As it was

organ, and the full chord of D" to set often the fate of Shakspeare, to have no them going. other model than the stiff forms afforded Sitting down to the organ, Mr. Jones by the pencil of the historian, or fre. now put down the keys with one hand, quently the bare outline of the annalist, having, as it were mechanically, with the so he ever considered them (as, to the other, first drawn out one of the stops; poet they certainly should be) as the ba- when lo! the organ uttered its harunosis on which imagination is at liberty to nious sounds as treely as ever it had done, raise a splendid superstructure. It is froin to the astonishment of the gentleman who this consideration, that we learn to estic had before been at the keys; who at mate the merit of Shakspeare in his lis. length perceived that, far from having, torical plays; some of which show how like the organist of Norwich, drawn out much may be done by the poet, even the whole range of stops and wished for where the subject and its particulars are more, he had forgotten to draw any of sieither distani nor obscure. In my next them. letter, I will continue my observations, Whether this absent gentleman was and introduce you more intimately to tie the celebrated Mr. Joan Bates, who at company of our corpulent knight, tov that time used generally to take the organ: μεγαν και θαυμασον. . For the present, and conduct that concert, I was not inadieu.

A. B. E. formed. *And indecsi, I should hardly

suppose it could be he, were it not that, To the Editor of the Monthly Magazine. besides absence of mind being, by no SIR,

means an unusual concoinitant of men PE account of the opening of the of genius, he had an additional cause as

organ at AyIshan, in the Extracts well as excuse for such absence; for, from the Pori-folio of a Man of Letters, being about that time smitten with the 1

charins

TIE

charms of nriss Ifarrup, although his guide them, might at the time be wan.
fingers were wandering over the keys of dering toward the lady.
the organ, his thoughts, which ought to

For the Monthly Magazine.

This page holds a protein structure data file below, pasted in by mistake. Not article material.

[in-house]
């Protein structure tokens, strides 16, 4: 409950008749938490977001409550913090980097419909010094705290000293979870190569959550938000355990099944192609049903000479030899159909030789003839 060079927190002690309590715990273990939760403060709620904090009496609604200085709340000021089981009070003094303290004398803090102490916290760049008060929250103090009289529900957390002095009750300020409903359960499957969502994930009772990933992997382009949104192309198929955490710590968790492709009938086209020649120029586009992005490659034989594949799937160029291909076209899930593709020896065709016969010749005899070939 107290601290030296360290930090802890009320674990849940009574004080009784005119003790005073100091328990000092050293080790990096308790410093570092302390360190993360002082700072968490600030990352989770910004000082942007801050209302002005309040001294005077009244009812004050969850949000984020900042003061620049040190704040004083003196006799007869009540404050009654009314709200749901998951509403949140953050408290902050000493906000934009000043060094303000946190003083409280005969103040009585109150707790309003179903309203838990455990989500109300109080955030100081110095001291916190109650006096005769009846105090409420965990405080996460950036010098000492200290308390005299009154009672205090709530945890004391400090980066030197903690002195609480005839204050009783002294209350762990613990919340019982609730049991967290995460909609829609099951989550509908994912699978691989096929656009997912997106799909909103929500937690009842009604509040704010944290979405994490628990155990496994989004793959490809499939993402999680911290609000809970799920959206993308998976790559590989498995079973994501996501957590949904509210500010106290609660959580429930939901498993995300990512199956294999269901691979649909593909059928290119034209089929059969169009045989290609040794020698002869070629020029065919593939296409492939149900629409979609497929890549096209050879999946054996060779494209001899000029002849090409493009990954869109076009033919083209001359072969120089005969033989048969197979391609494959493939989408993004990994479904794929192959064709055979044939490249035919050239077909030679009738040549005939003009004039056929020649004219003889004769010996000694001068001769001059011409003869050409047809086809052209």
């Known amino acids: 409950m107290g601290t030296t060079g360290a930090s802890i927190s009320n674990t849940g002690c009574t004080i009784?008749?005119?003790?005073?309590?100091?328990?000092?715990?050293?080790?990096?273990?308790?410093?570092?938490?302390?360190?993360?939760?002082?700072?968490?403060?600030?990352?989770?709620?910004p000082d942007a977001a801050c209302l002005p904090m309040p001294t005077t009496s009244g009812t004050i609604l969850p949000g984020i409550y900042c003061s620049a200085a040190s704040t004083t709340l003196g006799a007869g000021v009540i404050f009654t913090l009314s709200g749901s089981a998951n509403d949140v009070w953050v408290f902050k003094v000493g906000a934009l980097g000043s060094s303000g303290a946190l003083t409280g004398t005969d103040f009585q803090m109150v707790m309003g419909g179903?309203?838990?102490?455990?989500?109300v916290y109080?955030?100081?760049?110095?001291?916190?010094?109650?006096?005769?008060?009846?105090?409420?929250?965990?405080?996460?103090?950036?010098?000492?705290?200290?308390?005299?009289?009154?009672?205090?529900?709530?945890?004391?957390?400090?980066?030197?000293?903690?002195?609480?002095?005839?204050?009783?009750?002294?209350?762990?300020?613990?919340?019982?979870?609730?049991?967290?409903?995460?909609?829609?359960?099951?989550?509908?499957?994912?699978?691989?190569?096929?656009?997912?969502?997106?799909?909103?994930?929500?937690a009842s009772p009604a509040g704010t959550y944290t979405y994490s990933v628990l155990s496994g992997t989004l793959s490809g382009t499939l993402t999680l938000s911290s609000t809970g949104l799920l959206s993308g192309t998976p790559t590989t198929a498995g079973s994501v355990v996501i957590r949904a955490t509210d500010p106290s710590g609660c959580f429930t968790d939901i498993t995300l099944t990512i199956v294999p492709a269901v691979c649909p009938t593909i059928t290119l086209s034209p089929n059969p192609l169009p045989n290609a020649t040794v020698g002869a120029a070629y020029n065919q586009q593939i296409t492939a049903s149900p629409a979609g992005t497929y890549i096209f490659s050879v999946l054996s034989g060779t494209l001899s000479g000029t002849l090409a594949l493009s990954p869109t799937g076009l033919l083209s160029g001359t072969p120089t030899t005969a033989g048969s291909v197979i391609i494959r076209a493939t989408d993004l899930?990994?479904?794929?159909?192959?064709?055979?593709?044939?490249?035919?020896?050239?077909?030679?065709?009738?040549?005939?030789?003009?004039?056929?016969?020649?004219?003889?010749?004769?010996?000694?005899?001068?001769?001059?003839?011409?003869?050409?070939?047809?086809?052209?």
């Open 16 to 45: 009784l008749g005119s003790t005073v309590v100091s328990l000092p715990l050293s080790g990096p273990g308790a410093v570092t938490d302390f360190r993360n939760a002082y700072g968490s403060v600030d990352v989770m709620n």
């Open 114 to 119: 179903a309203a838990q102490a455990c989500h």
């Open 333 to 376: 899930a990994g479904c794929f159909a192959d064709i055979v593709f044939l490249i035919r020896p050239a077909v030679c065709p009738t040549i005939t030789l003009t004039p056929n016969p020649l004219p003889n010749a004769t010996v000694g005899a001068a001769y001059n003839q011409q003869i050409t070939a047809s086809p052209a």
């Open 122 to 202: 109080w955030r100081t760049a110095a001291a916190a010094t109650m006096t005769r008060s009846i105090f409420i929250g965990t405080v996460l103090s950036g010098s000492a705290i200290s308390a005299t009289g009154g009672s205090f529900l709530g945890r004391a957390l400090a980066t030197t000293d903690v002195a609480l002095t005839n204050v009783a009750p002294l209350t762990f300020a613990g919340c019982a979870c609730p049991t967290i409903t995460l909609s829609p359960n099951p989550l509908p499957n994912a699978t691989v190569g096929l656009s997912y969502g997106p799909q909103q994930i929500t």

METEOROLOGICAL ABSTRACT for the last twELVE MONTIS at CARLISLE.

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January 45 14 32,6 30,11 28,46 29,516) 3,50 fFebruary 502941, 30,40 28.50 29,619 3,53 March 54 | so | 42,95 30,50 29,18 30,090

,56 April 57 27 41 21 30,54 28,95 29,868 1,20 May 76 34 54,7 30,32 29,21 29,908 3,75 June 70 39 55.07 30.57 29,09 29,905 2,85 Paly

T6 51 59,35 30,28 29,43 29,932 1,84 Augast

70 51 57,91 29,94 29,30 29,692 5,19 September 68 33 | 53,6 30,15 20,20 29,706 4,95 October 61 S6 51,22 30,32 29.76 30,150 November 51 20 40,41 30,48 29.12 29,988 1,84 Decernber| 51 $139,83 30,04 | 28,06 29,438 5,18

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An. Mean 47,4875 Annual Mean 29,817 31,77 196 220 145

Total. Total.) Total. Total General Remarks on the Weather, &c. pleasant. Towards the end of the month,

observed at Carliste, during the year we had some showers of snow and sleet, 1809.

at which time snow was observed on the ANUARY was marked by a suc- surrounding mountains.

April. The weather during this structive weather we ever witnessed; month was extremely severe and unseathe former part of the month was ex- sonable; the average temperature of ceedingly scoriny, with heavy falls of several days, was nearly as low as the snow, rain, and sleet: from the 18th till freezing point, We had some very heavy the 27th, we had a most intensely severe falls of snow, and the mountains were frost, accompanied with a strong perle. clother in white during the whole of the trating east wind; on the 23d, 24th, and month, It will be observed, on iospect. 25th, an excessive quantity of snow fell, ing the table, that the average tempeshe average depth of the whole about rature of this month is lower than that twenty inches : a mild thaw, with heavy of the preceding, and nearly the same as rain, and commenced on the 27th; melt. February, Notwithstanding the extreme ed the snow suddenly, which swelled the coldness of the season, soine straggling sivers here beyond their bounds to such a birundines were seen in this district, as degree, that immense damage was done, early as the 12th of this month; but they and much private property destroyed. were not numerous till about three weeks

February --The inean temperature of after this period. this month (419) is in this climate un- May was very cold and gloomy, with Usually high for the season. This high showers of hail, till the 7th; it afterwards degree of temperature was attended was dry, bright, and pleasant, till the with very stormy weather; and during the 14cb. In the afternoon of chat day, former part of the inonth, rain fell in a storm of thunder and lightning oc. guch torrents, is tu cause the rivers to curred, which was attended with a me, Q.erflow their banks and adjoining low lancholy accident: a young man driving grounds, for the space of four or five some cattle in a lame leading to Broaddays.

field, about eight miles from this city, Murch was remarkably dry, and, with was struck dead by the lightning; the soune trifling exceptions, temperate and electric tuid passed through his head,

shattering